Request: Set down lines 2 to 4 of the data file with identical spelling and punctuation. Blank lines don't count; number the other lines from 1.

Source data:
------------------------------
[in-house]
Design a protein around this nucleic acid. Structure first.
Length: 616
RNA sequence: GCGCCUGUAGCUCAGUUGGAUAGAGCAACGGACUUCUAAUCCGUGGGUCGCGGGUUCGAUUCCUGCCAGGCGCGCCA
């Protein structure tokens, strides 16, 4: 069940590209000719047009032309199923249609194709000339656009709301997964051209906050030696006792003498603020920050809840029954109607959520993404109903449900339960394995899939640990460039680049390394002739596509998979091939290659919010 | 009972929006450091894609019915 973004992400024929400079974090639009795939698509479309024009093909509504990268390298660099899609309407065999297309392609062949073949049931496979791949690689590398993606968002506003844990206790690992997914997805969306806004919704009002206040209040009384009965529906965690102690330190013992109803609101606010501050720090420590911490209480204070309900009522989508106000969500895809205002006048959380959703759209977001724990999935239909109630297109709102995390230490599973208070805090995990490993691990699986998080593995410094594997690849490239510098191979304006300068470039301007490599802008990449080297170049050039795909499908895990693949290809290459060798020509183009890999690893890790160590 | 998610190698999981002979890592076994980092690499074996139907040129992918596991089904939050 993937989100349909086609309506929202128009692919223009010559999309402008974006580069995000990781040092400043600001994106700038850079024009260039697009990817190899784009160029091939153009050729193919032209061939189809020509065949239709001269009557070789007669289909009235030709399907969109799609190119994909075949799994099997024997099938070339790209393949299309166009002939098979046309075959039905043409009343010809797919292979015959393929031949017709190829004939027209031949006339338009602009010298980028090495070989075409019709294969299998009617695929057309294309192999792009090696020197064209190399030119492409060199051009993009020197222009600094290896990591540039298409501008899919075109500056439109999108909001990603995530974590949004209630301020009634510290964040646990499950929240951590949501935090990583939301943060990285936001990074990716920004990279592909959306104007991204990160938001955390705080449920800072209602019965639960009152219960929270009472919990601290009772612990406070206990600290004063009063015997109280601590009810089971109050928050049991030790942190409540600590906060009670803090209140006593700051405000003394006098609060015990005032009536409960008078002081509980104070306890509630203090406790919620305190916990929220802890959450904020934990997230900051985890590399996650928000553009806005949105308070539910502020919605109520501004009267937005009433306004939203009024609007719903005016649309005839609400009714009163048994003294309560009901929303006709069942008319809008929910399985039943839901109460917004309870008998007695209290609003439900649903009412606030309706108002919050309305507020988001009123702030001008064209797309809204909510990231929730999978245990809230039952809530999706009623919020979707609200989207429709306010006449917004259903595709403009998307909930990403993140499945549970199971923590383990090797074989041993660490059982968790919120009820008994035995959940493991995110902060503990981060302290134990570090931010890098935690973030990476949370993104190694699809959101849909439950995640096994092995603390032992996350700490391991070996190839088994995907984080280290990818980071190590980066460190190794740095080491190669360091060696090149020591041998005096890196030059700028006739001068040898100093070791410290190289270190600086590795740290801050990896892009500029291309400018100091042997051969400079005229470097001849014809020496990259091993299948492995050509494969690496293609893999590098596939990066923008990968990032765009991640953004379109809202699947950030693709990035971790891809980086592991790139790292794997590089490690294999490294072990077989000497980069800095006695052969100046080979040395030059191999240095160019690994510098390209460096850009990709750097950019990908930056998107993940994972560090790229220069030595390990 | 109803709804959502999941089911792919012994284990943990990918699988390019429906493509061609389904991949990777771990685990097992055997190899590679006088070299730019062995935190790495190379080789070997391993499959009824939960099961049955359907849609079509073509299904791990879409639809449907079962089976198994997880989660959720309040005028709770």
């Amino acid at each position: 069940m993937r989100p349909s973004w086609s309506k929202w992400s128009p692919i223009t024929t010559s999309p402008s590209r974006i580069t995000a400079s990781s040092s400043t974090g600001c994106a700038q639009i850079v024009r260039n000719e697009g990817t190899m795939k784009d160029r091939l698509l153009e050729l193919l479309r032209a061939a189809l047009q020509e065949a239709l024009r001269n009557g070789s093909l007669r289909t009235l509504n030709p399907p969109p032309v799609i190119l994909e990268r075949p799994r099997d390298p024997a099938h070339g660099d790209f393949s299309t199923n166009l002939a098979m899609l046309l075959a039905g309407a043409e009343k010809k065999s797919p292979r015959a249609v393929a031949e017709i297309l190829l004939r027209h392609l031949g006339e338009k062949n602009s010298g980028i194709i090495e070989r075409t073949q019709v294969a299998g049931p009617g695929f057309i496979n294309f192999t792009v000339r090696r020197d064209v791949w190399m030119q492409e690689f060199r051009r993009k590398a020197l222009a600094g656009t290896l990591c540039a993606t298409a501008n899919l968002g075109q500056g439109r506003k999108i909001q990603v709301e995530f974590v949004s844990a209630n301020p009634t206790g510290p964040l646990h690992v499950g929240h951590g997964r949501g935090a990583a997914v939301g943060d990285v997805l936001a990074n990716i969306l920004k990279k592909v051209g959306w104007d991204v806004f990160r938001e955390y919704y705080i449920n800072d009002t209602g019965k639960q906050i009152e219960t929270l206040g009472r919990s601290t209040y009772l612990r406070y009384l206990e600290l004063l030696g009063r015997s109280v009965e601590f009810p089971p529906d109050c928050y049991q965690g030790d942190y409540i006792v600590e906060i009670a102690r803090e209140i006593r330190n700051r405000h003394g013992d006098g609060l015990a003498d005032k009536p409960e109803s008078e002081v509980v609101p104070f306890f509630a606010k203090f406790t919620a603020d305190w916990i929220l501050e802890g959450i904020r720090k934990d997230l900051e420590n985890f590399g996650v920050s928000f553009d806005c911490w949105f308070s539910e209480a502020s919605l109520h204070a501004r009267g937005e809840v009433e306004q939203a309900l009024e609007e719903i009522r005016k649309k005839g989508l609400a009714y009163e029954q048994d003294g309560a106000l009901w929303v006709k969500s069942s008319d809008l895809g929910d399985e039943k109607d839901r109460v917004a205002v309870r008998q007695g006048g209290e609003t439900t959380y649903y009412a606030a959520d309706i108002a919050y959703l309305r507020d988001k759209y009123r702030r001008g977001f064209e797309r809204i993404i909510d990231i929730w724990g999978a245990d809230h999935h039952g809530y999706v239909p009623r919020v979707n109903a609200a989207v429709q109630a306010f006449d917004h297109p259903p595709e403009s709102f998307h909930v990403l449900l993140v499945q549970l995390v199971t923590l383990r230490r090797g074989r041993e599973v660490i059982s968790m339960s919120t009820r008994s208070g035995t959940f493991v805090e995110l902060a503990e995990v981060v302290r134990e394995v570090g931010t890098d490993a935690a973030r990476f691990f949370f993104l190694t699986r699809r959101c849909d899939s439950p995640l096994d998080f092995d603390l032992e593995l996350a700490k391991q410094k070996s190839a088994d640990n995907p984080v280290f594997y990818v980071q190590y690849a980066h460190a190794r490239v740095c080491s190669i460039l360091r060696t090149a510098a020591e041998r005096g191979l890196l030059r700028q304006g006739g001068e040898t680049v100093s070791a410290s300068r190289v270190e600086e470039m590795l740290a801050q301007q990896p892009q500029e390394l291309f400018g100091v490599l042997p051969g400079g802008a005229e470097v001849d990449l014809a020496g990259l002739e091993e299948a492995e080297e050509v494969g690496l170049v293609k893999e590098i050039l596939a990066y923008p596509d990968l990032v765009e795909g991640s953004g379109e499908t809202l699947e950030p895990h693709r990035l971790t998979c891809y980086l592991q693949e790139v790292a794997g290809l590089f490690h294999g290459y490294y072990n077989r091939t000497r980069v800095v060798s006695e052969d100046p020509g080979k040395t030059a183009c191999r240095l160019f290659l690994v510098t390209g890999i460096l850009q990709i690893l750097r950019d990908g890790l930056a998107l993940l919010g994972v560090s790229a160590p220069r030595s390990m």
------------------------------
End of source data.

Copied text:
Design a protein around this nucleic acid. Structure first.
Length: 616
RNA sequence: GCGCCUGUAGCUCAGUUGGAUAGAGCAACGGACUUCUAAUCCGUGGGUCGCGGGUUCGAUUCCUGCCAGGCGCGCCA